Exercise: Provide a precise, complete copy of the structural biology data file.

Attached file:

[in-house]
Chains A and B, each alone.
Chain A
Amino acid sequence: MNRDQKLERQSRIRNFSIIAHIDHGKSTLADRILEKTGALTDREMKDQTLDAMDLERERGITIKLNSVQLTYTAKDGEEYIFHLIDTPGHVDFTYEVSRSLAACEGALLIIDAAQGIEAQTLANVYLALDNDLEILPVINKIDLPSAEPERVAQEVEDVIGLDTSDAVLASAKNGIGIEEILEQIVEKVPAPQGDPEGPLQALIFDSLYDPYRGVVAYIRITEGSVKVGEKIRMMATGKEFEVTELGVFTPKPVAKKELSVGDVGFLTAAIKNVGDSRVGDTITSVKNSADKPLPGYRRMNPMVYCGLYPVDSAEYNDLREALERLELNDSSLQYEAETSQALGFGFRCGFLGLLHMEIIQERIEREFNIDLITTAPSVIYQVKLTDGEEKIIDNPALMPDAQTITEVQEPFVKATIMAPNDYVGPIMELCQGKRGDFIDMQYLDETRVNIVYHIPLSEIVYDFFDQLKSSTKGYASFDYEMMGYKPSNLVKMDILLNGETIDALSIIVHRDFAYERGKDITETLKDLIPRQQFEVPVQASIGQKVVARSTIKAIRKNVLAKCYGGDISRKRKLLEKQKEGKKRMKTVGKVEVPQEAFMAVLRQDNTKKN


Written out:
[in-house]
Chains A and B, each alone.
Chain A
Amino acid sequence: MNRDQKLERQSRIRNFSIIAHIDHGKSTLADRILEKTGALTDREMKDQTLDAMDLERERGITIKLNSVQLTYTAKDGEEYIFHLIDTPGHVDFTYEVSRSLAACEGALLIIDAAQGIEAQTLANVYLALDNDLEILPVINKIDLPSAEPERVAQEVEDVIGLDTSDAVLASAKNGIGIEEILEQIVEKVPAPQGDPEGPLQALIFDSLYDPYRGVVAYIRITEGSVKVGEKIRMMATGKEFEVTELGVFTPKPVAKKELSVGDVGFLTAAIKNVGDSRVGDTITSVKNSADKPLPGYRRMNPMVYCGLYPVDSAEYNDLREALERLELNDSSLQYEAETSQALGFGFRCGFLGLLHMEIIQERIEREFNIDLITTAPSVIYQVKLTDGEEKIIDNPALMPDAQTITEVQEPFVKATIMAPNDYVGPIMELCQGKRGDFIDMQYLDETRVNIVYHIPLSEIVYDFFDQLKSSTKGYASFDYEMMGYKPSNLVKMDILLNGETIDALSIIVHRDFAYERGKDITETLKDLIPRQQFEVPVQASIGQKVVARSTIKAIRKNVLAKCYGGDISRKRKLLEKQKEGKKRMKTVGKVEVPQEAFMAVLRQDNTKKN